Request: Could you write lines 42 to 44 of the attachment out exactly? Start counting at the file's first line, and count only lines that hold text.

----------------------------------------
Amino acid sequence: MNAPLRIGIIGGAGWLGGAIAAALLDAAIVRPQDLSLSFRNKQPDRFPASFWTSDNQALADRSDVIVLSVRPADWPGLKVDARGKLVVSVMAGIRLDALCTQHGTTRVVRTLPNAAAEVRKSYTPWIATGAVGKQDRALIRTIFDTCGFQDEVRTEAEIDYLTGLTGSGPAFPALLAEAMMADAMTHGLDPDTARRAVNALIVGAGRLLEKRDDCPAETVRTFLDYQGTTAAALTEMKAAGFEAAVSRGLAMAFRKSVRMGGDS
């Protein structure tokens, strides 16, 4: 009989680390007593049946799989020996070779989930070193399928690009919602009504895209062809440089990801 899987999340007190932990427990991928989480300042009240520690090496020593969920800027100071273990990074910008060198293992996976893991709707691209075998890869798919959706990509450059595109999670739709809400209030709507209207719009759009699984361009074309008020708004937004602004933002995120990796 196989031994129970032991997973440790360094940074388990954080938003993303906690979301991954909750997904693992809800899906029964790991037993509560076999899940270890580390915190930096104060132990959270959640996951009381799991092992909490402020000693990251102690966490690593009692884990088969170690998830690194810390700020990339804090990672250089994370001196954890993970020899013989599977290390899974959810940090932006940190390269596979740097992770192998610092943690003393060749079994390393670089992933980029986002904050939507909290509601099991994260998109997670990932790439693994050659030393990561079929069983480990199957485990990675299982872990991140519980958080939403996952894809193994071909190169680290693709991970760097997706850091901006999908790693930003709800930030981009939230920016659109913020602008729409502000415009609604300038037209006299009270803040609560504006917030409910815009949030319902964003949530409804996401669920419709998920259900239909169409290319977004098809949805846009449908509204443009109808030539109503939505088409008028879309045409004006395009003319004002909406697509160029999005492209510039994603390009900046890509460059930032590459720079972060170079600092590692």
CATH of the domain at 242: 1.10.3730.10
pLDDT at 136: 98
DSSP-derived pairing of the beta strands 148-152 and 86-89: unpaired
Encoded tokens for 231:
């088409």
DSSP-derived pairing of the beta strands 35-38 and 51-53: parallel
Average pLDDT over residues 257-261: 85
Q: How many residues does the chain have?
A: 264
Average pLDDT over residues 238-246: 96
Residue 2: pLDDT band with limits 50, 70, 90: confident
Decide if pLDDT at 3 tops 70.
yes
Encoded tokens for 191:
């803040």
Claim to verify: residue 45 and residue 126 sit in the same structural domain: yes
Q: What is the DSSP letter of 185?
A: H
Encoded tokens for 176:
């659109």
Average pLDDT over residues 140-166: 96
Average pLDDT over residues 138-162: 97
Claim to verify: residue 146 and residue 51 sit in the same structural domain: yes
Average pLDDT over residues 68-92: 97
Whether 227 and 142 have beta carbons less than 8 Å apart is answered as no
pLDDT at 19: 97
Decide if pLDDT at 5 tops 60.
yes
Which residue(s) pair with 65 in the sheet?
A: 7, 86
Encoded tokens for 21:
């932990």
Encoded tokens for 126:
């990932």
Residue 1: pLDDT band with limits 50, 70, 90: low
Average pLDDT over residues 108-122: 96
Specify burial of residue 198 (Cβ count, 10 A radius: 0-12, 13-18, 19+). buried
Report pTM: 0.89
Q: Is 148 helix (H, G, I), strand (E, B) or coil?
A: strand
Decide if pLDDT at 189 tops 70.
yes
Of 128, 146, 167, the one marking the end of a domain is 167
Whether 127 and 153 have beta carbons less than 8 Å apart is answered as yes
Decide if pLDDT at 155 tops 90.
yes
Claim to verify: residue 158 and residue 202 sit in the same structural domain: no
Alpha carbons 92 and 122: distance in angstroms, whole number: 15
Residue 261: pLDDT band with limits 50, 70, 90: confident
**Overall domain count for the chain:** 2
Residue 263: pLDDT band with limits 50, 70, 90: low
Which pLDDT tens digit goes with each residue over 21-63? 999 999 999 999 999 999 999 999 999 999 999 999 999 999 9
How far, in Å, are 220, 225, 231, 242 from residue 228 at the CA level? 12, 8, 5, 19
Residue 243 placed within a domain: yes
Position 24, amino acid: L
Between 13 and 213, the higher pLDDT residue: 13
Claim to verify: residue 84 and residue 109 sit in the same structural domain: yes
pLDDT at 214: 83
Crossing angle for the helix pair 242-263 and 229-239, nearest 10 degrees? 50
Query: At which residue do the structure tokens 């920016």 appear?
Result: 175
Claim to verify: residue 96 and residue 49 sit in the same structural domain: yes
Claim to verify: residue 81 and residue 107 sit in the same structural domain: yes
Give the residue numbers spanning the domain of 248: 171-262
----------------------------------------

A: strand
Decide if pLDDT at 189 tops 70.
yes